In fact, my office at the Firefly is currently filled with boxes of Gail Ambrosius Chocolate, Quince and Apple Preserves, Treat Nuts, Potter’s Crackers, Bee Barf Honey and bags of Kickapoo and Anodyne Coffee, all waiting to be put onto shelves next week. Meanwhile, every square inch of cooler space not occupied with Sassy Cow milk is filled with cheese wheels that have been arriving all week and which I will furiously be cutting and wrapping next week. Did I mention we’re also adding a full array of different cheese boards with wine and craft beer pairings?

As a result of this flurry of new activity in my life, last week I announced to members of Wisconsin Cheese Originals that I would be sunsetting the member-based organization. After 10 years of running a non-official non-profit (thanks to a husband with a good heart and a good job), it’s simply time for me to focus on three newer passions:

1) Building a community around good food & good coffee.

2) Bringing artisan cheese and local foods to the heart of my hometown.

3) Continuing to help steer smart and steady growth as a three-term elected member of the Oregon Village Board, a member of the Oregon Planning Commission and the Oregon Library Board. In fact, in the spring of 2019, I plan to run for Village President.

Operating a 5,000 square-foot coffeehouse, restaurant, bakery and retail shop brings a an exciting opportunity to reach a wider audience and share the gospel of good food. After 15 years of marketing, retailing, buying and educating folks about artisan cheese, I am expanding that passion to supporting local farms by purchasing not only local cheese, but local eggs, milk, produce, meats, and educating customers on the importance of sustainable eating with descriptions of daily specials and new signage.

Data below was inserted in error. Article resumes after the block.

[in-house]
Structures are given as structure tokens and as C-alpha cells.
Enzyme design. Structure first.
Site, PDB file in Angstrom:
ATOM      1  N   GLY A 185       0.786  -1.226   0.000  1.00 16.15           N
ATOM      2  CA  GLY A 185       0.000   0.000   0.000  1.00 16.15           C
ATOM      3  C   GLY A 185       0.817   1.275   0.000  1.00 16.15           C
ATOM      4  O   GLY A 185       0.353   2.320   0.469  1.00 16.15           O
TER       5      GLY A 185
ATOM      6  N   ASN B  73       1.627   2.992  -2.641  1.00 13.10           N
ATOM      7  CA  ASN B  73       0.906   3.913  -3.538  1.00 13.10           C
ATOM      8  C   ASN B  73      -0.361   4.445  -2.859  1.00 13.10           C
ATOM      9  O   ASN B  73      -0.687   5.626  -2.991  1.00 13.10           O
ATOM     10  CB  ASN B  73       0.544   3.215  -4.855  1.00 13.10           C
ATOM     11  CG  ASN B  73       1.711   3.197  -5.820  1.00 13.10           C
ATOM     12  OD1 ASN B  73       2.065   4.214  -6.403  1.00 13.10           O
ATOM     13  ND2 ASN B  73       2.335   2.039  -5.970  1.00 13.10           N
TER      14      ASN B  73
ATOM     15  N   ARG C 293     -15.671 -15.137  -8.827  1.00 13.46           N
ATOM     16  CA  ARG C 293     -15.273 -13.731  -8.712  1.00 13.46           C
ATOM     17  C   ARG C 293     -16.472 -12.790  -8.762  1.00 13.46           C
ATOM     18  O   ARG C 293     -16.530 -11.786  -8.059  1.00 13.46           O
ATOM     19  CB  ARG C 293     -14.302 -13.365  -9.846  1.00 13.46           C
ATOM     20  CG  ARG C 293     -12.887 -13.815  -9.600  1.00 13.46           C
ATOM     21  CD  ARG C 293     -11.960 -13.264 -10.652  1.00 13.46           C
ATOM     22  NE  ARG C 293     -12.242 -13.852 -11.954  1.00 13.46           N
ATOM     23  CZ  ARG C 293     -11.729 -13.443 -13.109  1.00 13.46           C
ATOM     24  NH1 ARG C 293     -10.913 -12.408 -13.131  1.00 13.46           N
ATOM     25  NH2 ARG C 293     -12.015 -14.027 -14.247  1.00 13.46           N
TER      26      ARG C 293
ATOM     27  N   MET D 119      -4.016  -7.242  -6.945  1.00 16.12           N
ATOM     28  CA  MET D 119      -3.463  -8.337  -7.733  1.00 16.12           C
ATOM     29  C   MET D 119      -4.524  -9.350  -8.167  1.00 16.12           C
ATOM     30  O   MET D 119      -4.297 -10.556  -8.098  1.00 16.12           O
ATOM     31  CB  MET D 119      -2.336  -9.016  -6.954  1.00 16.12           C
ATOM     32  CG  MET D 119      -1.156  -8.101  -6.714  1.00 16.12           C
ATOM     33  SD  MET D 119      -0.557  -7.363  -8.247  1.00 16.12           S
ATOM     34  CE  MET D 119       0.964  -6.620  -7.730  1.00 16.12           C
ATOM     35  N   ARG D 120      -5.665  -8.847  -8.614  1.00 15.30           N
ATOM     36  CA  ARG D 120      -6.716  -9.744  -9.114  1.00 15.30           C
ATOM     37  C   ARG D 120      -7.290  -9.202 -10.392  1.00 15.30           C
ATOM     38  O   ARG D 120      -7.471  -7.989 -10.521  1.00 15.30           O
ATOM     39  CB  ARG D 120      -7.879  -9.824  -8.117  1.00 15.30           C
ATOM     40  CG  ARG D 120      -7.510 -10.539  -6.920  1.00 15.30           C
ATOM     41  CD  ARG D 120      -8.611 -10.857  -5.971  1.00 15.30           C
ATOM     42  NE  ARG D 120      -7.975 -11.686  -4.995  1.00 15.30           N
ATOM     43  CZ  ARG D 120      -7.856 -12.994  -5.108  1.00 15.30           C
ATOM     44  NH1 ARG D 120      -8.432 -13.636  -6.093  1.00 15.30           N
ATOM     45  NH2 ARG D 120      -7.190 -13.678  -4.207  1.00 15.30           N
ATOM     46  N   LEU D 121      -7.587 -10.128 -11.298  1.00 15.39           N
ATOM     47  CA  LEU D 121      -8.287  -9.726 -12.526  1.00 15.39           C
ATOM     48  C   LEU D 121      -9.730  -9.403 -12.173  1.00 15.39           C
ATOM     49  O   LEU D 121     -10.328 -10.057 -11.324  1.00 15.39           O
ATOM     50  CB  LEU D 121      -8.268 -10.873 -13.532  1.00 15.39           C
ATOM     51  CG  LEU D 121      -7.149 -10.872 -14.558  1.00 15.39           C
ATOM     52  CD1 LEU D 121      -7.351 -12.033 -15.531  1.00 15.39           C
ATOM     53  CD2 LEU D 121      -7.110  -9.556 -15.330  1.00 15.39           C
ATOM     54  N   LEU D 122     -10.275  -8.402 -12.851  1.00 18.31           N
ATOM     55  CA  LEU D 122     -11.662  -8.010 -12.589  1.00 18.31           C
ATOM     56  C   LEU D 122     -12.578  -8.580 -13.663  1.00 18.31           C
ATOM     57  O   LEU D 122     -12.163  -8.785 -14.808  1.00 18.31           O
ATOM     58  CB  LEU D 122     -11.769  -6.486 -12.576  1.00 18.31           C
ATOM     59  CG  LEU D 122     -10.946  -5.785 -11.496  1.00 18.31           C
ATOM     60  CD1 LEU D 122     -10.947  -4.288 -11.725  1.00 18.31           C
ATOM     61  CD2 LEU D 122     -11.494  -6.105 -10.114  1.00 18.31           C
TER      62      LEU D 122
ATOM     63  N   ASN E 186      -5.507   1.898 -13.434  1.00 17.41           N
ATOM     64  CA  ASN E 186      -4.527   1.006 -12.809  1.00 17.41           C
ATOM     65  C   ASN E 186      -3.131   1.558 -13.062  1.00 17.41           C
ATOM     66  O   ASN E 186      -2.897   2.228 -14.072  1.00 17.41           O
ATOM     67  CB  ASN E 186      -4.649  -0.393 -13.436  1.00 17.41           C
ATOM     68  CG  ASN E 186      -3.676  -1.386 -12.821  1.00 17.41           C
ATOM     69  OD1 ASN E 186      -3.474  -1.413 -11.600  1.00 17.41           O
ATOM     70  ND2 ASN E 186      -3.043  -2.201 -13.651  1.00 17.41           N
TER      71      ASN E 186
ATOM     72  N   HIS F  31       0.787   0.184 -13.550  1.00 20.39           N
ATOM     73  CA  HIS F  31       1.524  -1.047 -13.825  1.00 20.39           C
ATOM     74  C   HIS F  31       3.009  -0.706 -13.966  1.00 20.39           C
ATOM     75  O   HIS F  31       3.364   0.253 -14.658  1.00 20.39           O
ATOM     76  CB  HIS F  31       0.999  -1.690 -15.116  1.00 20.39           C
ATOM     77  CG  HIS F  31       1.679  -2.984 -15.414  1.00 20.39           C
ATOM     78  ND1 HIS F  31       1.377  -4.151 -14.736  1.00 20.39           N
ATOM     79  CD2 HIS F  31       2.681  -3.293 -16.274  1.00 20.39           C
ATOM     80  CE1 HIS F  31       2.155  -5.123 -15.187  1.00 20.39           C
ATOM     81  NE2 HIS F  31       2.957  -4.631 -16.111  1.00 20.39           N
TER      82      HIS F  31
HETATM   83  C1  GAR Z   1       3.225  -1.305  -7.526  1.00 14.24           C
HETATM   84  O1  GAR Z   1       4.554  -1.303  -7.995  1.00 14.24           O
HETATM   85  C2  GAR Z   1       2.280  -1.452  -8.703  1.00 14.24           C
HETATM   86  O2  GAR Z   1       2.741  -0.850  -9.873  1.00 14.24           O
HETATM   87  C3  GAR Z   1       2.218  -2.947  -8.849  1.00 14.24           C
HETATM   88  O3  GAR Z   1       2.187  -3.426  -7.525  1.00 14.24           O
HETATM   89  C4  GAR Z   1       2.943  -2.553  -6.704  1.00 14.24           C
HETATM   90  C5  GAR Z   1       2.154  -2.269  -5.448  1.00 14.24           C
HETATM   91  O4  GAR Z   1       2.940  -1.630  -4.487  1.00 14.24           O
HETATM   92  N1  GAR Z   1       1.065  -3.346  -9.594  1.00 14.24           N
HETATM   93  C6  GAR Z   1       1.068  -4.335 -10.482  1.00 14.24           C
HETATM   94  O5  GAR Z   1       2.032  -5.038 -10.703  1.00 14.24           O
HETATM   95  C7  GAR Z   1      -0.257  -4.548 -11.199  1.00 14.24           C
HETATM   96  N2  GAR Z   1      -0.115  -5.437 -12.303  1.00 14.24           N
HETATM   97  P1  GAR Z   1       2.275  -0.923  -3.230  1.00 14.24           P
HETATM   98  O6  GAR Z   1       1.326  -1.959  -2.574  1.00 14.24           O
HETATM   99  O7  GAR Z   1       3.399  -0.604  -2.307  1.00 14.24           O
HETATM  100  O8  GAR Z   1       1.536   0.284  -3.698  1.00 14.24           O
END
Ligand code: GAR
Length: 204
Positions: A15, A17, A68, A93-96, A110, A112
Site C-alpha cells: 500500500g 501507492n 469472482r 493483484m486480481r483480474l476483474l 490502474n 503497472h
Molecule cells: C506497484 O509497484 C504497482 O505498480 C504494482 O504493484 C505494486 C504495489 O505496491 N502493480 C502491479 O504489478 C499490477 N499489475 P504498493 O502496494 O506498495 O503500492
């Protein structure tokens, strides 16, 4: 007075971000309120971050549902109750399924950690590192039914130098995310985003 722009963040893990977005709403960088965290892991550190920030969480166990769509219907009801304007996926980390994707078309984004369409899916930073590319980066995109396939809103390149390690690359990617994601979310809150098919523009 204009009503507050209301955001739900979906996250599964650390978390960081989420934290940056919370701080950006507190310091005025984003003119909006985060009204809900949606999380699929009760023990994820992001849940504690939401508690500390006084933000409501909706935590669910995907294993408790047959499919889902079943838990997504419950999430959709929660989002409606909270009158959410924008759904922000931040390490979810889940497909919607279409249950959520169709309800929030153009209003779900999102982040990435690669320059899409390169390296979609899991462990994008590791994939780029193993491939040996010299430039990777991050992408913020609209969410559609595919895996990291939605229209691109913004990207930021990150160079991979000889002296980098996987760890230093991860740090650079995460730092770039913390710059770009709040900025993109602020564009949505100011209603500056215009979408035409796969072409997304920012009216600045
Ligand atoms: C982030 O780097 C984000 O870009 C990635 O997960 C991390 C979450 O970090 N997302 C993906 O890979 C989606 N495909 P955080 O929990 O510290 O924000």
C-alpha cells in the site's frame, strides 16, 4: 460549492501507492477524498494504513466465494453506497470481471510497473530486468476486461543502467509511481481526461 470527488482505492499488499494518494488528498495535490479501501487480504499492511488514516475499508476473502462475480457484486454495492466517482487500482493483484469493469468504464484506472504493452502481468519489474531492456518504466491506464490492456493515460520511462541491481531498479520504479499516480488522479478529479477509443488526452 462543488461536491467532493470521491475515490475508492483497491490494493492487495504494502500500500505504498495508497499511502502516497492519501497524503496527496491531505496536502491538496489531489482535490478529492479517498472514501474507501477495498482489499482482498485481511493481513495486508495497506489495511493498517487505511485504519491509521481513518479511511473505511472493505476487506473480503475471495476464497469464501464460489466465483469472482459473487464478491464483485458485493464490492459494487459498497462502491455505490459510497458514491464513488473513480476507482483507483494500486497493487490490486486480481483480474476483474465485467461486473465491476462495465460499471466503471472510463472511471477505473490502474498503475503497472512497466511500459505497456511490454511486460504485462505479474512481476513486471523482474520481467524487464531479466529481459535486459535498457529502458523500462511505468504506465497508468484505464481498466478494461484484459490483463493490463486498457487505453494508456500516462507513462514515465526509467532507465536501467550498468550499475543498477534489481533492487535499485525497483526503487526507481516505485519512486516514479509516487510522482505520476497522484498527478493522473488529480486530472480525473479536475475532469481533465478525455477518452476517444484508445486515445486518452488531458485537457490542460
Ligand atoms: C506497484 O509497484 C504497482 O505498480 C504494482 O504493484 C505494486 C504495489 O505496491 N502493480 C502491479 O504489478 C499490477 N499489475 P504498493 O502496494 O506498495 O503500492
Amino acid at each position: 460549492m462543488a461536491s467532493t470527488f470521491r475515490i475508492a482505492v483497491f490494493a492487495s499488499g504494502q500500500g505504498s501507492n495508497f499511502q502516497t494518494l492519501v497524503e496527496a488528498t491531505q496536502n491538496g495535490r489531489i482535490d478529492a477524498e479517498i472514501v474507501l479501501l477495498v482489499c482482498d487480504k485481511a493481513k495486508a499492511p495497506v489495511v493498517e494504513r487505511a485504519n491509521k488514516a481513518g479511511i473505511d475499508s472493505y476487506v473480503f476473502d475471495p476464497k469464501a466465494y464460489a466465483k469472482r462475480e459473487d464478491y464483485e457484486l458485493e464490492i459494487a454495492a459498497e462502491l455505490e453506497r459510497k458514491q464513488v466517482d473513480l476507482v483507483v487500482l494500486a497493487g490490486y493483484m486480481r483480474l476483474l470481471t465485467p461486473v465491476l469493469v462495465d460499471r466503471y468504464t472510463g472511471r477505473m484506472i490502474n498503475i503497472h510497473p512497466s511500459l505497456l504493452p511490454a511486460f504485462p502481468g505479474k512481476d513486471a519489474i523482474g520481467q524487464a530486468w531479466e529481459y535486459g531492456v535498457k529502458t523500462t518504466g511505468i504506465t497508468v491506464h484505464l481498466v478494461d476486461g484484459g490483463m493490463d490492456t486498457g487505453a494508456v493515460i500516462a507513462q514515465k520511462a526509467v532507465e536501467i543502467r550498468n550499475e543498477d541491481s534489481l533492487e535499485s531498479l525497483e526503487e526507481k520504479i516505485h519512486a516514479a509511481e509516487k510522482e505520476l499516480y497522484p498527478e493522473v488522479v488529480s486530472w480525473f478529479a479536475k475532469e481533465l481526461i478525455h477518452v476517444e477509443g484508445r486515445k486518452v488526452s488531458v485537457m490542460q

So fear not, if you would like to stay connected to the many events, classes and activities that I used to offer through Wisconsin Cheese Originals, I’ll still be offering many of those things through Firefly Coffeehouse & Artisan Cheese.  Be sure and visit this website for a continually updated listing of classes taking place at the Firefly, and keep reading Cheese Underground, where I will continue to write about cheese and announce events, including a new season of Cheese Underground Radio debuting this summer.

Lastly, if you live anywhere near Oregon, Wisconsin, or have a road trip planned this summer, please stop in at the Firefly at 114 N. Main Street and say hello. So many of you have become my family over the years, and there is nothing better than having family share in your success. The Firefly is my next 20-year project, and I look forward to sharing that journey with you.

— Jeanne Carpenter, ACS CCP
Owner, Firefly Coffeehouse & Artisan Cheese

The Big Winner at The World Championship Cheese Contest? The Consumer.